On 3 November 2015, we are bringing together the global shipping industry to discuss key issues at KPMG's inaugural Global Shipping Conference
3 November 2015, 10:00AM - 8:30PM, CET
On 3 November 2015, we are bringing together the global shipping industry to discuss key issues at KPMG's inaugural Global Shipping Conference: Navigating the future taking place at Curio-Haus in Hamburg, Germany. This day-long conference is an opportunity to take a step back from your day-to-day responsibilities to discuss the key issues that are shaping the industry as whole. We have put an exciting agenda together featuring senior shipping executives who will provide expert insights and answer the tough questions.
09:00 – 09:30 Welcome
09:30 – 11:00 New structures and capital market strategies for shipping companies – View of shipping companies The business realities that typical shipping companies face have had specific implications for the role of capital markets in the industry. The panel will take a look at the "new normal" and how shipping companies are setting up their financial structures to ensure compliance, mitigate risk, and plan for growth. Speakers will highlight the challenges involved in structuring for the future and provide perspectives on potential alternatives. The session will also include discussions on public equity markets, different options for large vs. small companies, and potential business model changes.
11:00 - 11:30 Coffee break
11:30 - 13:15 Private Equity and Bank Financing – View of investors and banks What is driving investors to build more tonnage in the face of existing overcapacity? Will investors abandon the shipping industry? What will happen to bank lending that has not been recycled or restructured? These issues will be discussed by banks and private equity investors – with a focus on how shipping companies must evolve to remain viable investment targets.
13:15 - 14:15 Lunch
14:15 - 14:30 Welcome back and handover to Ports Panel
14:30 – 16:00 Development of international ports and their influence on/by the shipping industry – Planning and development of new container terminals has become more complex due to the rapid rate of change in global trade and shipping over the past 10 to 15 years. Terminal development and expansion must take account of matters such as service consolidation through alliances, the rapidly increasing size of container ships, the growth of transshipment, overall supply chain costs, congestion on road and rail linkages with the ports and other matters. This panel will examine the issues that the new environment imposes on the development and expansion of container terminals. Paul Levelton
16:00 – 16:30 Coffee break
16:30 – 17:00 Taxation challenges for shipping companies around the globe. – The impact of national and cross-border tax policies is a key business driver for shipping companies. It is essential that tax structuring makes comprehensive use of incentives that are granted to the industry in almost all countries. The assumption that shipping is tax exempt, however, could be challenged by a number of pitfalls – particularly for entities operating worldwide. As a globally-operating shipping company with branches and subsidiaries spread in various jurisdictions, Hapag-Lloyd’s tax approach has a strong focus on navigating through the regulatory landscape. Holger Schildt, Head of Tax of Hapag-Lloyd, will present an overview of the worldwide tax challenges in the shipping sector.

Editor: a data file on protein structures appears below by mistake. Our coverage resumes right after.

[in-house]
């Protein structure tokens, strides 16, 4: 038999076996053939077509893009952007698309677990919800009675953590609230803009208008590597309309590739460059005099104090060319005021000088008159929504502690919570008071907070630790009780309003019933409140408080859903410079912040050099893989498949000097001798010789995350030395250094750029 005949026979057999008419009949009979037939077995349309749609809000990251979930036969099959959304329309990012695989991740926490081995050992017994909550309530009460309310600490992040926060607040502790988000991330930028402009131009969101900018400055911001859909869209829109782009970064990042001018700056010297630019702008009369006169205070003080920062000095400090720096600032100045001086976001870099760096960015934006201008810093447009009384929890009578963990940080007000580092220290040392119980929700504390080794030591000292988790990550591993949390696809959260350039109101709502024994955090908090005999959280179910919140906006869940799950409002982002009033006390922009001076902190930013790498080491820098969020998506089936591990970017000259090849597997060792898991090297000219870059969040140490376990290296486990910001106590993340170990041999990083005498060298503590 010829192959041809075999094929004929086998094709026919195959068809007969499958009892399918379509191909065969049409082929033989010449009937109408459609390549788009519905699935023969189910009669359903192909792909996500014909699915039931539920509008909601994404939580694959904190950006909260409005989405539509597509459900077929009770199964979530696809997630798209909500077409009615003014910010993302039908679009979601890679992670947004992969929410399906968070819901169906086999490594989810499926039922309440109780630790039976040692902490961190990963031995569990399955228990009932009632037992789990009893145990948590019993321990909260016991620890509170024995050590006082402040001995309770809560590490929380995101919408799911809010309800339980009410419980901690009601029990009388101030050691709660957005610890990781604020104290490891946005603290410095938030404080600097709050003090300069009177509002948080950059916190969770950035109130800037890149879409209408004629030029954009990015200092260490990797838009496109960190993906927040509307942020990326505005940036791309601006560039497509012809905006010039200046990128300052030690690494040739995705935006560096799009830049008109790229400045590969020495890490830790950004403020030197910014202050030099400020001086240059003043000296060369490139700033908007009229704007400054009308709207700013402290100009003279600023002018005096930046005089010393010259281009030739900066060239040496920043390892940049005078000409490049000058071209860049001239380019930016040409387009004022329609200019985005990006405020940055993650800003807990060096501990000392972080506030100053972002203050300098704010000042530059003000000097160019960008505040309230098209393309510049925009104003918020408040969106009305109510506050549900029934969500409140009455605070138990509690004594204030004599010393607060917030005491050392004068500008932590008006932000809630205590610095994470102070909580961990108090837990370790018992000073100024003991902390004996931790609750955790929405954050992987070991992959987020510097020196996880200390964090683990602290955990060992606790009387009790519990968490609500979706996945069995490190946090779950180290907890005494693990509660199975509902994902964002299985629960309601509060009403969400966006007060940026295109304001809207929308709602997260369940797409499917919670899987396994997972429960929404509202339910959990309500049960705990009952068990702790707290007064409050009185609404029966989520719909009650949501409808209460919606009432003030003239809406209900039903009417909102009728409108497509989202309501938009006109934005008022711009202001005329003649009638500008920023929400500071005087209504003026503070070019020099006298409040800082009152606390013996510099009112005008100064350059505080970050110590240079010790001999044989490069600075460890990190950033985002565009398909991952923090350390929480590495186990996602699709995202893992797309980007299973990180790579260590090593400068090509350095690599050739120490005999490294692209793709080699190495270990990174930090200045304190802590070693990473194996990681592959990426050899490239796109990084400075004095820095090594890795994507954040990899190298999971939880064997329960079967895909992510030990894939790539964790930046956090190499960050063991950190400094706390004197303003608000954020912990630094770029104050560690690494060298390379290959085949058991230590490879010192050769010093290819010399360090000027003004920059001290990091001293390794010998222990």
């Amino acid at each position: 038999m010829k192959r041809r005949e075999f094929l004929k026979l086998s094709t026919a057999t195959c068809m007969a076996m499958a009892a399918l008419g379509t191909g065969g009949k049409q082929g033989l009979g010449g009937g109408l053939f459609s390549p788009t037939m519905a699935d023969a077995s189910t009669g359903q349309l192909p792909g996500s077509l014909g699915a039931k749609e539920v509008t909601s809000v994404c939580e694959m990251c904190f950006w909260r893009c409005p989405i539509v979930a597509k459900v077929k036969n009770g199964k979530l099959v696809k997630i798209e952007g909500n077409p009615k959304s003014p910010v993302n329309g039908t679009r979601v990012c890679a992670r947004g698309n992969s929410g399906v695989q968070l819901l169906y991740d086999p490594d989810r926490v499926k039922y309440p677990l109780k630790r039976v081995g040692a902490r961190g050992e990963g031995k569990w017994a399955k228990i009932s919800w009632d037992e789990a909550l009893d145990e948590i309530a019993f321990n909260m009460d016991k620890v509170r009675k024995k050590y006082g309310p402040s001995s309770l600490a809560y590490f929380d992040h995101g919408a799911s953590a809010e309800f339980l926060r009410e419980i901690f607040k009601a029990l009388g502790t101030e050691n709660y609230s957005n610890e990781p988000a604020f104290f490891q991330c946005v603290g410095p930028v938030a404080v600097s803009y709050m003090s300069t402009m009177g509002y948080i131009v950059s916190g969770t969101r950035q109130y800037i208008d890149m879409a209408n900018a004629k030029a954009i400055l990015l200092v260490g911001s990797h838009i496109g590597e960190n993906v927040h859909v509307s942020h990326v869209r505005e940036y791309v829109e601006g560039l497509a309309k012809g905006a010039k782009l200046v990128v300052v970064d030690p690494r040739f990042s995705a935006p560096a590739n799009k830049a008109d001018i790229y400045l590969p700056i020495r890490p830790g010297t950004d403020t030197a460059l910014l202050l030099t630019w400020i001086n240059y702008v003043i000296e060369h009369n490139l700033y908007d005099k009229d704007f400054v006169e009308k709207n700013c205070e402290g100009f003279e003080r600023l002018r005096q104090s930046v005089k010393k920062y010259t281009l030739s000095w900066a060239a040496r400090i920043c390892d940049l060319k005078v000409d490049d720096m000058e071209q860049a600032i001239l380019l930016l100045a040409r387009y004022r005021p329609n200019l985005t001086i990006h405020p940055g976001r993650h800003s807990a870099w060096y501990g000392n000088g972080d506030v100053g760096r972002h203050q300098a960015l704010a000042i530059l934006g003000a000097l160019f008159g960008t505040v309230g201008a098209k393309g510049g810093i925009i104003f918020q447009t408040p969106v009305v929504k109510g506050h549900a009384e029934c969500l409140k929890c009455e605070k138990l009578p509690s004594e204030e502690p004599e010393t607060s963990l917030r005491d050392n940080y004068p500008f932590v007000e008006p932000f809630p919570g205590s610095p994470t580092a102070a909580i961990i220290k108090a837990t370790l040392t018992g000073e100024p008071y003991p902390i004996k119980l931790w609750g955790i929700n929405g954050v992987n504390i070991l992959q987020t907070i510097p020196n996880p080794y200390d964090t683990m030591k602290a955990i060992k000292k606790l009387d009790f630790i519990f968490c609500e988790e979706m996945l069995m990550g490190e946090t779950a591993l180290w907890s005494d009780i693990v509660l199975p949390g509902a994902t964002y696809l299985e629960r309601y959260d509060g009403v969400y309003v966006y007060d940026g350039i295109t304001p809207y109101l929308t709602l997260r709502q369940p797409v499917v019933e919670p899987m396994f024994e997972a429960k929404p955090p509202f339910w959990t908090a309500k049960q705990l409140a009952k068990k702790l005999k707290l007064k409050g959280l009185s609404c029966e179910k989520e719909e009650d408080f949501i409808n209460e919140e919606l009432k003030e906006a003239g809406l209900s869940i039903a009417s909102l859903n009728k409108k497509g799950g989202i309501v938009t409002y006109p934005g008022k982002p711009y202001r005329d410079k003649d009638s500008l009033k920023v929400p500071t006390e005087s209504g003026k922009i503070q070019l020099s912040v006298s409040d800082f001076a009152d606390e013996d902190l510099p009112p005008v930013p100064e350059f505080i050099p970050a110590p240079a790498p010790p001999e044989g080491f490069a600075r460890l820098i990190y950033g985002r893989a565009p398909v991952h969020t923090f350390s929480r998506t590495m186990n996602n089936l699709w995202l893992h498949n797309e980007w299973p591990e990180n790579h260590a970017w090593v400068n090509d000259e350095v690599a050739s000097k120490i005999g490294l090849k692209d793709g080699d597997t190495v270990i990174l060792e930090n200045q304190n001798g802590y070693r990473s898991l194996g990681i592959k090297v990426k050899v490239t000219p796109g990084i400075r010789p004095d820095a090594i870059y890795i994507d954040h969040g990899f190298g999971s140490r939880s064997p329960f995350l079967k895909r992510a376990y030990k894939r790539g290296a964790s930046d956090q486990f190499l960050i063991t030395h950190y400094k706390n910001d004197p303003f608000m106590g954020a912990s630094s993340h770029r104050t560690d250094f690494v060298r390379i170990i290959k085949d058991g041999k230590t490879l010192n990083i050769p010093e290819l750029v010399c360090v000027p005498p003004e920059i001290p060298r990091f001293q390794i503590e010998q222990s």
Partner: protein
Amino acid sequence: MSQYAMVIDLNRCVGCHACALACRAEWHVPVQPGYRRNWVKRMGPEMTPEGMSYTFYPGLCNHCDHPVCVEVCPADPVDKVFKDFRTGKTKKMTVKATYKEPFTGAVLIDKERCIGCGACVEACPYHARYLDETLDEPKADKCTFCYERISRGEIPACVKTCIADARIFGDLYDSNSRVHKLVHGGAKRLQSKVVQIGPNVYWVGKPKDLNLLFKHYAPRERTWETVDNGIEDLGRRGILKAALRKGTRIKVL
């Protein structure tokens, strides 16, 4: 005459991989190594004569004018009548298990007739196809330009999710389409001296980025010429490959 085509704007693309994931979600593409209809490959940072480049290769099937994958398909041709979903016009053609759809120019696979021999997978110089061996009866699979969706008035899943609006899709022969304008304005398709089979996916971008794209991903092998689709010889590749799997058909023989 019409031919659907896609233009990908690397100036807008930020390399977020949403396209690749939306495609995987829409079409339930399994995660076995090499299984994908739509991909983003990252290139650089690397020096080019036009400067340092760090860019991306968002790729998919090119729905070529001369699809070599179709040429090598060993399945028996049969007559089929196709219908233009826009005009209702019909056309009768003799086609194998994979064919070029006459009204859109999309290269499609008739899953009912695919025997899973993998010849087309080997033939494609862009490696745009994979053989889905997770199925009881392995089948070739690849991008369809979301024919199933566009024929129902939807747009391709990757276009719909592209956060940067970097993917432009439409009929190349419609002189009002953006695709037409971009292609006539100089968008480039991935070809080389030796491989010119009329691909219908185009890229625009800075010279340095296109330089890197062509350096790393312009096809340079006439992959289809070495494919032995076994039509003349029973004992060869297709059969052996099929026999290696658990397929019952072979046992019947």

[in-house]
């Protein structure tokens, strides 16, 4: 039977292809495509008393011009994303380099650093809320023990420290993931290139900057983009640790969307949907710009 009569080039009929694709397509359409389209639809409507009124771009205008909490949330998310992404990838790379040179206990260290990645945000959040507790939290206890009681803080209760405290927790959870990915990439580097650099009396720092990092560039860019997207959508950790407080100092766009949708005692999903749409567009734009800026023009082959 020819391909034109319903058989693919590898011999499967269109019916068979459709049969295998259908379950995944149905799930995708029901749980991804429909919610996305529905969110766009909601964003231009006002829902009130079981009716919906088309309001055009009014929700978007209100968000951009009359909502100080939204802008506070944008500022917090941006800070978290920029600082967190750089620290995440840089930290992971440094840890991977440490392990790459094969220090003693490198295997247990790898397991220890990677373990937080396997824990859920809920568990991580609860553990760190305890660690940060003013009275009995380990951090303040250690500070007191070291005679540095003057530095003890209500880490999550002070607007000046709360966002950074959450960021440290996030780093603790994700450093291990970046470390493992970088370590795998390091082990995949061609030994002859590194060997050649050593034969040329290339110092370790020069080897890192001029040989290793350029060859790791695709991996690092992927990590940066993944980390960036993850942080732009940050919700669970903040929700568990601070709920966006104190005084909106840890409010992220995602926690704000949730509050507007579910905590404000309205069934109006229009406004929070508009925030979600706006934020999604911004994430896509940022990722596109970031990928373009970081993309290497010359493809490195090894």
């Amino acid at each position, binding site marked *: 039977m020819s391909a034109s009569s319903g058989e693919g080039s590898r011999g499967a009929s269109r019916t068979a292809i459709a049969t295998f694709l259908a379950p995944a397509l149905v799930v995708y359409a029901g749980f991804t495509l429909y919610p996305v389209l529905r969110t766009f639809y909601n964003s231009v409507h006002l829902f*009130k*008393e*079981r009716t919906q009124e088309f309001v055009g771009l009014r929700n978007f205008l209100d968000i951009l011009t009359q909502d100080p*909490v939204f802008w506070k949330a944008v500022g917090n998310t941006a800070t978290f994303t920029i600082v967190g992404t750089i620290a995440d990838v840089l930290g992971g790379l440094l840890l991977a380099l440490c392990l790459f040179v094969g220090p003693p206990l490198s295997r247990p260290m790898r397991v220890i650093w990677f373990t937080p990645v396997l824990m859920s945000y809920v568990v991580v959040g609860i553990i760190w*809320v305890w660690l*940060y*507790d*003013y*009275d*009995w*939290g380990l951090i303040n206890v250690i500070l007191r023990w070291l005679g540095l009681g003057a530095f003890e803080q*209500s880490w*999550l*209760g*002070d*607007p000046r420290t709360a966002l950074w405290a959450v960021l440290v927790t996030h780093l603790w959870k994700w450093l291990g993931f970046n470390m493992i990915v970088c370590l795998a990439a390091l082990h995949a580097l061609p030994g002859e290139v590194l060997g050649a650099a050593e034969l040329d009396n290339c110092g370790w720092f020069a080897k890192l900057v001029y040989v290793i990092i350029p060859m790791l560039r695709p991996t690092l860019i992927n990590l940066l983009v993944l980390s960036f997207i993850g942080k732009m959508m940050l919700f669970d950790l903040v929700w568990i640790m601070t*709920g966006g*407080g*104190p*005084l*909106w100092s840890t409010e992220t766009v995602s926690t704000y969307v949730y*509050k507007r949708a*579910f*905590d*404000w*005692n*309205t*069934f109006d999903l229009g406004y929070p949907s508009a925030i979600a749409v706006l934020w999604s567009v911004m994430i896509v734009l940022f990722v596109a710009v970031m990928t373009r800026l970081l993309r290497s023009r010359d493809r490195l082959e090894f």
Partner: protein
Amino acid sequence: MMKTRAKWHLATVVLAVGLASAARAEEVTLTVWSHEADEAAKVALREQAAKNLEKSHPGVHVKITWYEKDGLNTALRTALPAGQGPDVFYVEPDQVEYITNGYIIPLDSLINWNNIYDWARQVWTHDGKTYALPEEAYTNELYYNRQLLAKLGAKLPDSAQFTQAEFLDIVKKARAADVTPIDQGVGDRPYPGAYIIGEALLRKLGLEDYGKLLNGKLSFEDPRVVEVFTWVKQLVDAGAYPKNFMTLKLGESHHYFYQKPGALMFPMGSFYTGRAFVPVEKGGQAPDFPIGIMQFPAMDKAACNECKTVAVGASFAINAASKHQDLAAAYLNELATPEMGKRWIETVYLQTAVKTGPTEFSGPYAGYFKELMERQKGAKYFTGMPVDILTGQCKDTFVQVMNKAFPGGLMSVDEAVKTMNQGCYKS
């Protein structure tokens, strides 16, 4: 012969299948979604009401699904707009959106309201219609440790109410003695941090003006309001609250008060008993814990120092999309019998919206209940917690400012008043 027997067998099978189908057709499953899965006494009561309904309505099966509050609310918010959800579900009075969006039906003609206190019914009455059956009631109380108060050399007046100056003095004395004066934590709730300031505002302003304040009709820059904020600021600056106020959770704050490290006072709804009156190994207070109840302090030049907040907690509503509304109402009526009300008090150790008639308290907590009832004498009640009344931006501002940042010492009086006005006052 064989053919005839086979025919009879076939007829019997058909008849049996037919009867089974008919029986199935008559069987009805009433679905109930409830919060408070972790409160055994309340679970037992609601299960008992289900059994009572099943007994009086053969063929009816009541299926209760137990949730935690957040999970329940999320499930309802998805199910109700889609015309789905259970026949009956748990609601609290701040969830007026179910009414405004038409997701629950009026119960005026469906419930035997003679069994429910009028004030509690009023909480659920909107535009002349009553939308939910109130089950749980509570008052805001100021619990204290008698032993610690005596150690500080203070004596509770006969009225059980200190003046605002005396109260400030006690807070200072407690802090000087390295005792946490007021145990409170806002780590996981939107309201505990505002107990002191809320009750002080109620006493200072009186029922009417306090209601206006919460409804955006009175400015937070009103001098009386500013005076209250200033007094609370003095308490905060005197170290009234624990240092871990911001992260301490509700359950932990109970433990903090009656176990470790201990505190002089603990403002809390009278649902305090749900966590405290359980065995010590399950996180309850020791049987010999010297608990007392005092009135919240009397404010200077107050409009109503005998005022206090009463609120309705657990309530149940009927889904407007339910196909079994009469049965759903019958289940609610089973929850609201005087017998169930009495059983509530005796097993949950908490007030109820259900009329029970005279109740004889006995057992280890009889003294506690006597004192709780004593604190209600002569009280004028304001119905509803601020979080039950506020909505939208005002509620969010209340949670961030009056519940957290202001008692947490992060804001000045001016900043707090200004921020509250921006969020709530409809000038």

17:00 – 17:30 Crewing Challenges – As traditional sources of seafarers have dried out, there is a strong need to train highly qualified officers from new areas to operate the multimillion dollar assets of the ship owners. This session will introduce Africa as the upcoming source of skilled seafarers to fill the growing gap especially on the engineering side.
17:30 – 18:30 "The world 2050" – How far are we in this everlasting process of connectivity and interdependence today? Is it true that “The world is flat”, as the bestseller by Thomas Friedman announced back in 2005? Pankaj Ghemawat, an Indian economist, proved that only 2 percent of all phone calls in the world are made to people beyond country borders. Only 3 percent of all migrants migrate cross-nation. Global investments are only 9 percent of all investments, and exports from country to country only 20 percent of all trade. And only 15 percent of all friends on Facebook are foreigners! We are either at the beginning of an end, or at the beginning of a new phase of globalization. Futurist Matthias Horx provides his unique perspective.
18:30 – 19:30 Drinks
19:30 & onward Dinner
Venue - Curio-Haus
Phone: +49 40 3611160
The Curio-Haus is one of the most famous venues in Hamburg, located in the district Eimsbüttel, more precisely Rotherbaum, one of the most representative and beautiful districts of Hamburg.
The building was constructed in 1911 and has a rich history. In the 1920´s it was a meeting point for the artist scene. As the "Ballsaal" was barely affected by bomb damage during World War II, it served as a courtroom for war criminal tribunals of the British court-martial from 1946 till 1948. Starting in 1950 the Curio-Haus was used as cafeteria for the adjoining university. Thereafter it was relegated to its historical state and has been used as an event location.
Here is the list of nearby hotels:
Hotel Grand Elysée Hamburg
Tel.: +49 (0) 40 41412-0
Distance: .2 km
Walk time: 3 minutes
Radisson blu Hotel Hamburg
Marseiller Straße 2
Tel.: +49 (0) 40 3502-0
Distance: .5 km
Walk time: 6 minutes
Hotel Baseler Hof
Tel.: +49 (0) 40 35906-917
Distance: .9 km
Walk time: 11 minutes
InterCity Hotel Hamburg Dammtor-Messe
St. Petersburger Straße1
Tel.: +49 (0) 40 600014-0
Distance: 1 km
Walk time: 13 minutes